37 Szmukler User-led or user-controlled research is difficult to achieve on the MHRN; the vast majority of projects are large and are carried out by multidisciplinary teams. But we aim for all to have significant service user involvement. In a well-ordered science, who should do the research is dependent on the conclusions of deliberations about who is best placed to do it.

38 Sundfør Education of user researchers (Bergen) Now: Høgskolen i Buskerud The key word is economy Not decent payment of user researchers Need for a change in the scientific community

39 Sundfør Interesting personal reflections on different themes and stages of the process of user research For those who want to dig deeper into this theme, it could be a good idea to read Sundførs essay and compare his experiences to Gunnhilds (coming up soon)

40 Sundfør When applying for funds, researchers must seek to get funds for user researchers too Institutions of research must get information and education about the potential of user research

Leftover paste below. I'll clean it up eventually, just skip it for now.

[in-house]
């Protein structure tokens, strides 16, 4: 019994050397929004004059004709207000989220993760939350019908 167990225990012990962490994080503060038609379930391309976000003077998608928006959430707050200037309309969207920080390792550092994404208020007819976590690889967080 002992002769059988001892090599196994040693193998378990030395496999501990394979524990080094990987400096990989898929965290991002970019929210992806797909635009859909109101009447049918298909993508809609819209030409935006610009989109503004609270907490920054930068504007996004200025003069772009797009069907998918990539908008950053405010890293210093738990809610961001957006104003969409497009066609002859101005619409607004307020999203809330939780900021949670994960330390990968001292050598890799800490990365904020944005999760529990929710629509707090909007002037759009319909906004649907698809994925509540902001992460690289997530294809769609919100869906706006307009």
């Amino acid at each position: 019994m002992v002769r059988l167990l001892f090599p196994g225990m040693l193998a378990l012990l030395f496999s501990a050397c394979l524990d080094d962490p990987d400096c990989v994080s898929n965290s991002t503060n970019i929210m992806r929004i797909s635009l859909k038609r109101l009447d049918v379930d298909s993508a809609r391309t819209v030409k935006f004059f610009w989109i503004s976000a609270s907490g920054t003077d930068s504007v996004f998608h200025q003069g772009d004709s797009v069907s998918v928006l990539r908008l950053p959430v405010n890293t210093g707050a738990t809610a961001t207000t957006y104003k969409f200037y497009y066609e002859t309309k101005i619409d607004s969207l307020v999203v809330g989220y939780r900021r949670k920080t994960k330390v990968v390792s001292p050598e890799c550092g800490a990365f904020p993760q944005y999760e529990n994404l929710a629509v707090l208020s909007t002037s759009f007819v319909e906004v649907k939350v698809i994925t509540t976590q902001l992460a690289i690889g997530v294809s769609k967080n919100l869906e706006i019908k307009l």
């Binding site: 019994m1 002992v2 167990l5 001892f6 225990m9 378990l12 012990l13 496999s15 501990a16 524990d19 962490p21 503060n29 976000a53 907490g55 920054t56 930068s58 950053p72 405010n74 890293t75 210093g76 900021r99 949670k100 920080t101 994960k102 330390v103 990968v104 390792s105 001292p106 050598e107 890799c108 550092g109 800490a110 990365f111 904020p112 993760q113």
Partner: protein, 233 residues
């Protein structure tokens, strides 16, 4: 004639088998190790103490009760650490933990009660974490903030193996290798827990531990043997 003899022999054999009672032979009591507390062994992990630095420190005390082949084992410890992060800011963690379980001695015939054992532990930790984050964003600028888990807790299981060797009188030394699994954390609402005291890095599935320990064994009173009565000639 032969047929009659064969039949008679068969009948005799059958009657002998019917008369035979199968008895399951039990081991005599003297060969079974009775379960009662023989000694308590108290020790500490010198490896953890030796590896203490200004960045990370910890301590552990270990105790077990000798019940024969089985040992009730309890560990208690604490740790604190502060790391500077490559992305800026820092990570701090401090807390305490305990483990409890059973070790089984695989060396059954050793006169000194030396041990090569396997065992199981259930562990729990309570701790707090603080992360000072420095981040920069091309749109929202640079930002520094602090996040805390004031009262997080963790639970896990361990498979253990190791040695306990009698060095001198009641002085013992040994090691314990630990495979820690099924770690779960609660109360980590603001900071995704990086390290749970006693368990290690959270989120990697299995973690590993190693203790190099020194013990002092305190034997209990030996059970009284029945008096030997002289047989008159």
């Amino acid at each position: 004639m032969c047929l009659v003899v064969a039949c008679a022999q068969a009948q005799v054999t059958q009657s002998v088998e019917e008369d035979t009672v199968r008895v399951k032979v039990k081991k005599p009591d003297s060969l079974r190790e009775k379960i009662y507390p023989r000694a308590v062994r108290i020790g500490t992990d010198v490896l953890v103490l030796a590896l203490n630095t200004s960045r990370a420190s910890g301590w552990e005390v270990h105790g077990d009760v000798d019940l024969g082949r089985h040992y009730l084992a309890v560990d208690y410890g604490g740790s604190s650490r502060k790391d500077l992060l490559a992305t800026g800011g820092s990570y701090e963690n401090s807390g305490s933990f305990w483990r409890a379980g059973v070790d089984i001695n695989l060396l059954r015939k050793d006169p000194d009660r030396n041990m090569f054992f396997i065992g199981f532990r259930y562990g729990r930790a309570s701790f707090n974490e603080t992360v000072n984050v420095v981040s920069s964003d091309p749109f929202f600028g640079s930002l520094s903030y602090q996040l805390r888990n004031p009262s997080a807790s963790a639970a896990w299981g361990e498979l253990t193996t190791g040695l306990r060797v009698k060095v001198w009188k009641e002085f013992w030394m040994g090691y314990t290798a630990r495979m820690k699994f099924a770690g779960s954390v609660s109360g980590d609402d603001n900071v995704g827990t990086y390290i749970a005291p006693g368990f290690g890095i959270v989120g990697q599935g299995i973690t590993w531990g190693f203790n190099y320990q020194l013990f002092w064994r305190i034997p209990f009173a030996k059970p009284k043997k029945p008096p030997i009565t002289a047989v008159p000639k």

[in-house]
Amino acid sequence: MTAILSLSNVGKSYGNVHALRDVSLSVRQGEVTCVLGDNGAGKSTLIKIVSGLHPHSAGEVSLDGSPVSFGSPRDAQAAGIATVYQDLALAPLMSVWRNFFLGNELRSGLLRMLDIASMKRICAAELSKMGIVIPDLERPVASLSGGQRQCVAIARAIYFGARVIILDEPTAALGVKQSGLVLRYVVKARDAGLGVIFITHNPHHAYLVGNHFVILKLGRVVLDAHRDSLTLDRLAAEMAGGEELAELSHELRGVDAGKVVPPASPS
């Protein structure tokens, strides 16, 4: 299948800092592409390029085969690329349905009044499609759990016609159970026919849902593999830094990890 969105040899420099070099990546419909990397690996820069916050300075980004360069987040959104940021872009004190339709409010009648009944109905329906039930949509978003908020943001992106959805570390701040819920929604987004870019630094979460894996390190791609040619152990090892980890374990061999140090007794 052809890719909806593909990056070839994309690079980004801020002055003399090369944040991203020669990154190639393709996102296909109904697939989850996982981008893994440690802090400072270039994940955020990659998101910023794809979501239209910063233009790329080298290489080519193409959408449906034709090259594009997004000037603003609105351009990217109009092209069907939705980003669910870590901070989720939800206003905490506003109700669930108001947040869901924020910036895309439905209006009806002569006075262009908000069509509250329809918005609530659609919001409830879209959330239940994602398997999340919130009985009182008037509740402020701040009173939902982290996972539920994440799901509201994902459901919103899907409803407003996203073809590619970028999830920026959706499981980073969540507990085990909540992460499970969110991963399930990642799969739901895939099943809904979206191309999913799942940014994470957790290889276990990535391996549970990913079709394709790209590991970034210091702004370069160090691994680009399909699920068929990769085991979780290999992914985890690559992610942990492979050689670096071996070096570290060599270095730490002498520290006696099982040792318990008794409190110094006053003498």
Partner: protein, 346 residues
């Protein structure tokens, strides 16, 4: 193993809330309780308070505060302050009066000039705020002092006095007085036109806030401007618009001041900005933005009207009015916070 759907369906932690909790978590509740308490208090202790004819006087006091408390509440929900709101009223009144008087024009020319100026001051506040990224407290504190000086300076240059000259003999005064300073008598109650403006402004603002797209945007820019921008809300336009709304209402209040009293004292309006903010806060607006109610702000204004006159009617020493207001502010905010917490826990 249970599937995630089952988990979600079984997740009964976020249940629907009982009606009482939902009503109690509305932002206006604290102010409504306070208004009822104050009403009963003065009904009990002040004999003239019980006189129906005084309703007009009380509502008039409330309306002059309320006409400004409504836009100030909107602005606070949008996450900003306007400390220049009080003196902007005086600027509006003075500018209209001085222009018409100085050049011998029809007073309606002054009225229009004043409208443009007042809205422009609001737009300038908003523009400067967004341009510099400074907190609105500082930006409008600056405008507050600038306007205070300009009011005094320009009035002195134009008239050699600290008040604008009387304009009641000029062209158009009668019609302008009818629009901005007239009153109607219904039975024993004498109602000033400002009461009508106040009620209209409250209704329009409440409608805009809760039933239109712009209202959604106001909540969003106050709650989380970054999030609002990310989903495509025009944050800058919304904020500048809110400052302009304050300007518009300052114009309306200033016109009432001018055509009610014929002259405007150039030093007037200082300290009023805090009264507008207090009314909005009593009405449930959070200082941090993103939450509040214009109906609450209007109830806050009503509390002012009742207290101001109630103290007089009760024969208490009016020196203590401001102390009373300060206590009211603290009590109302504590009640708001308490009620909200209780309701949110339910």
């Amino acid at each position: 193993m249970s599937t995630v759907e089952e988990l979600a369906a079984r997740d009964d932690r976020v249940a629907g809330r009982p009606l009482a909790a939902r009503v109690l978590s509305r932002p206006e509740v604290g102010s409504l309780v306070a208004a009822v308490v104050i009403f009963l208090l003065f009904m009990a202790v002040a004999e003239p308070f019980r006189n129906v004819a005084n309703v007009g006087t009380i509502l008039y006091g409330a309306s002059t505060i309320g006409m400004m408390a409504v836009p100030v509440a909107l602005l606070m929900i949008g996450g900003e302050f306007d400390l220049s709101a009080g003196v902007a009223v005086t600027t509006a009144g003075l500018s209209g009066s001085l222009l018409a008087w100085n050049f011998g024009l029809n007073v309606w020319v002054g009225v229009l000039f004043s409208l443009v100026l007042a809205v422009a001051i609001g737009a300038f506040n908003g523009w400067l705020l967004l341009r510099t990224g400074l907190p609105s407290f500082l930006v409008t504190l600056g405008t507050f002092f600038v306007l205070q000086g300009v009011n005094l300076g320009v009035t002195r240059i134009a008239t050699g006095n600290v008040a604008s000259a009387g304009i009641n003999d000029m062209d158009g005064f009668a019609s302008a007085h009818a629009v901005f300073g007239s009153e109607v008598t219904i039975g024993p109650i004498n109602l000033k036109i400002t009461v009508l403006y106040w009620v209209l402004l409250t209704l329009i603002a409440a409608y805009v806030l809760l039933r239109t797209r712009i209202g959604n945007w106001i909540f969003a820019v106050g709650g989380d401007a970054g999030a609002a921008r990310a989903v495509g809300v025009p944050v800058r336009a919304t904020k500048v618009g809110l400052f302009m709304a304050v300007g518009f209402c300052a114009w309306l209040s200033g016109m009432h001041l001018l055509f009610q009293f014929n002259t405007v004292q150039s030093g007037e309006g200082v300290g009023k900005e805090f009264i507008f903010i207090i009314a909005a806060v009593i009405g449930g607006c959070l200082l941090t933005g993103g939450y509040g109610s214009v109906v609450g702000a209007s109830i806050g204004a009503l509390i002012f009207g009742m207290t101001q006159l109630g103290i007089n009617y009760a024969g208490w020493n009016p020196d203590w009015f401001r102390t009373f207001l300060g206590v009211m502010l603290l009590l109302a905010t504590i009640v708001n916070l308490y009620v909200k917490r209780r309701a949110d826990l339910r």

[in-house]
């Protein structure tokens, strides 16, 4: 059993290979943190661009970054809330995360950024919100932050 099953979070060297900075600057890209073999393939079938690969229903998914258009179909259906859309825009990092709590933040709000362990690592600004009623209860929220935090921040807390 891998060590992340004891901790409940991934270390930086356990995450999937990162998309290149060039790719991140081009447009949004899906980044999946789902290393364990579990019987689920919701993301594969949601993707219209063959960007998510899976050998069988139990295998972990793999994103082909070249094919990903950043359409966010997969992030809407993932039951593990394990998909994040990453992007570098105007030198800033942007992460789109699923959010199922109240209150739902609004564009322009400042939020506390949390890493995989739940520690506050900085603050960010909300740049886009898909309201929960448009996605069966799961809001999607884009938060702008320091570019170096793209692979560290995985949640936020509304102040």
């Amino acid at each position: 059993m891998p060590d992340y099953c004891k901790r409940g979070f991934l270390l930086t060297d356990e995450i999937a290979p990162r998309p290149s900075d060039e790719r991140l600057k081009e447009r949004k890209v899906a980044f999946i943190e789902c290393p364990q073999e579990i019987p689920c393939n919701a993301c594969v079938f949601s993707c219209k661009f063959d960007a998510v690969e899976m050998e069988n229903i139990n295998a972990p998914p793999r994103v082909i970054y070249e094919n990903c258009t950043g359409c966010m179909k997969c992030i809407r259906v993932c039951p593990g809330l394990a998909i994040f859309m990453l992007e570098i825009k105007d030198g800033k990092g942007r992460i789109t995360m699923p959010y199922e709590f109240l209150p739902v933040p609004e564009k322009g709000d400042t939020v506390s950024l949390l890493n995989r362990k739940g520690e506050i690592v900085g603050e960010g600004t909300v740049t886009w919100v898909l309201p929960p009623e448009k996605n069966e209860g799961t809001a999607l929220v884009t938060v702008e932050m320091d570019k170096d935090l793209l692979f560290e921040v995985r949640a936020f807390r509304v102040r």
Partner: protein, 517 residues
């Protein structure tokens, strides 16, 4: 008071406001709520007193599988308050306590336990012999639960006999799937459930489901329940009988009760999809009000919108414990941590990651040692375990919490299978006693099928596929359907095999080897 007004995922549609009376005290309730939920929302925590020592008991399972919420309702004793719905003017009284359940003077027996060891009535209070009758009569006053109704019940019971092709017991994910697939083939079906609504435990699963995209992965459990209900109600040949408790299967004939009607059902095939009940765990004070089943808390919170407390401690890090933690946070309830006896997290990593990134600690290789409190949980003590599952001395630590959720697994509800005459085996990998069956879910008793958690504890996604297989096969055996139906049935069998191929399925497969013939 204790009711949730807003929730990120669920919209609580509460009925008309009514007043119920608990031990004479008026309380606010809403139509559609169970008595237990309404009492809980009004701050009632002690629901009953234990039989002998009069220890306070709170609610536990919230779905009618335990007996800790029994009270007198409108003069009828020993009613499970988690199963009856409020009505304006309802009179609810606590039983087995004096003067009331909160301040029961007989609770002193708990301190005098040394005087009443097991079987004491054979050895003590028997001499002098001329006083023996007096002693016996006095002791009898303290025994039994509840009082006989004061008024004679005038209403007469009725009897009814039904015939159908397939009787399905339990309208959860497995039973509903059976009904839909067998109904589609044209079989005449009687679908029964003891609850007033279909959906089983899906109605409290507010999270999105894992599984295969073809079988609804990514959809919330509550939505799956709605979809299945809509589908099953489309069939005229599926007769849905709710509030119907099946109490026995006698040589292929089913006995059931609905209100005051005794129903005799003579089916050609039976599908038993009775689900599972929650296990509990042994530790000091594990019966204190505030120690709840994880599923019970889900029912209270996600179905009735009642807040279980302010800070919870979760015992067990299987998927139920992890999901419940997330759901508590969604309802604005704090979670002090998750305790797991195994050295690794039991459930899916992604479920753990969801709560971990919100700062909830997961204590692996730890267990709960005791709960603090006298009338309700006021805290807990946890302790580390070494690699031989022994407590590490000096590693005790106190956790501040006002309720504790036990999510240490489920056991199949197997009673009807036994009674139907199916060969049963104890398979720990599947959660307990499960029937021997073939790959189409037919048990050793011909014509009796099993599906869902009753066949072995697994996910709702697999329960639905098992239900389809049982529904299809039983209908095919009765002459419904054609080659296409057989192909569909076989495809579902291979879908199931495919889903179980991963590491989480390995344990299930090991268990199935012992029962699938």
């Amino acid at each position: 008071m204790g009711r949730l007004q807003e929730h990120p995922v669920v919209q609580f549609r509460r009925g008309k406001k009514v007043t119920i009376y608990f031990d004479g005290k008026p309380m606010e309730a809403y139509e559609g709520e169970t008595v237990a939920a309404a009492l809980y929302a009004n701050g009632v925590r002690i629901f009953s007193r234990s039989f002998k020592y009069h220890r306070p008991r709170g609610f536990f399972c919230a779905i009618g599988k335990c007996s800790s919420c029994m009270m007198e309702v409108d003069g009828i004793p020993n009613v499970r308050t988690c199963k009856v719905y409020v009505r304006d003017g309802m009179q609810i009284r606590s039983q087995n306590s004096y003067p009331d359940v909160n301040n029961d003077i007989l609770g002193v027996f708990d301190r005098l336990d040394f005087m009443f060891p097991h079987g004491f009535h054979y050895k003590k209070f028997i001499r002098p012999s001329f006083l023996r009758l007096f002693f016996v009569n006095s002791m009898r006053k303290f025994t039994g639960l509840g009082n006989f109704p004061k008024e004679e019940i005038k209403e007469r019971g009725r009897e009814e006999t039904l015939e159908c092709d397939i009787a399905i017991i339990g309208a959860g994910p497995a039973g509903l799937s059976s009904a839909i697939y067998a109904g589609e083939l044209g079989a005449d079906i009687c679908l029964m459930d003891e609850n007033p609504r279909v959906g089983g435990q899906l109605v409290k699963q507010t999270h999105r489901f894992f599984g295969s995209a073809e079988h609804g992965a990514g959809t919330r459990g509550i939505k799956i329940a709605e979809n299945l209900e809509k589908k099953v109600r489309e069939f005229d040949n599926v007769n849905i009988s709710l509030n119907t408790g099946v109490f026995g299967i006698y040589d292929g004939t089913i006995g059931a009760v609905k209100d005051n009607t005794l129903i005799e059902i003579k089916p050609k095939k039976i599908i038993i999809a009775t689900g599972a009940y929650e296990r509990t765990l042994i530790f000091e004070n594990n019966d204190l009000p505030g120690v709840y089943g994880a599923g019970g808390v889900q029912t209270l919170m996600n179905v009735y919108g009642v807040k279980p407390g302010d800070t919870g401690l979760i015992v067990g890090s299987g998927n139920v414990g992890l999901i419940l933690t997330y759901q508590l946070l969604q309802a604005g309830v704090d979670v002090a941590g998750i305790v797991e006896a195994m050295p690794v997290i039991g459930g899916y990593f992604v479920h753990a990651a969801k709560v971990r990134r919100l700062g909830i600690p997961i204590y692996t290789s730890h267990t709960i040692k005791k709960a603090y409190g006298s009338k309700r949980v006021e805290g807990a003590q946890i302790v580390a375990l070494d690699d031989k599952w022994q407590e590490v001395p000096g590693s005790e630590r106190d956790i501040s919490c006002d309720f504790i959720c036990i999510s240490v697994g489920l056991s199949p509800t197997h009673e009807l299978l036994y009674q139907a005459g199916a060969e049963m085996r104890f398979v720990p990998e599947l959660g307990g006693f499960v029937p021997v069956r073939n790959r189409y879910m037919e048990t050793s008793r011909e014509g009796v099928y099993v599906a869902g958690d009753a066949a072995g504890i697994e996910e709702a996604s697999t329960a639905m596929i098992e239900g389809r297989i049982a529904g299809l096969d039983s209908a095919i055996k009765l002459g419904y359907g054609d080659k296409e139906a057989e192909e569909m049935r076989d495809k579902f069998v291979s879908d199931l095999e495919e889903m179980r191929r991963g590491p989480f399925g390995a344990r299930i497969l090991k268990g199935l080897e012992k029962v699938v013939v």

41 Gunnhilds reflections on user involvement in research

42 Two questions – two answers User researchers; hostages or equal members of research teams? The main challenge for user researchers is not to avoid being hostages; we can take care of ourselves and our interests The main challenge for user researchers is that too many clinicians and researchers, mainly those of medical and psychoterapeutic persuasions, see themselves as noblesse (and the administrators and politicians are ignorant of this problem)

43 Two questions - two answers Can user researchers better assure that projects are ethically sound? Researchers and user researchers together will assure that projects are twice as relevant and ethically sound This may not be supported by research yet, but as our friend Szmukler states: It is highly likely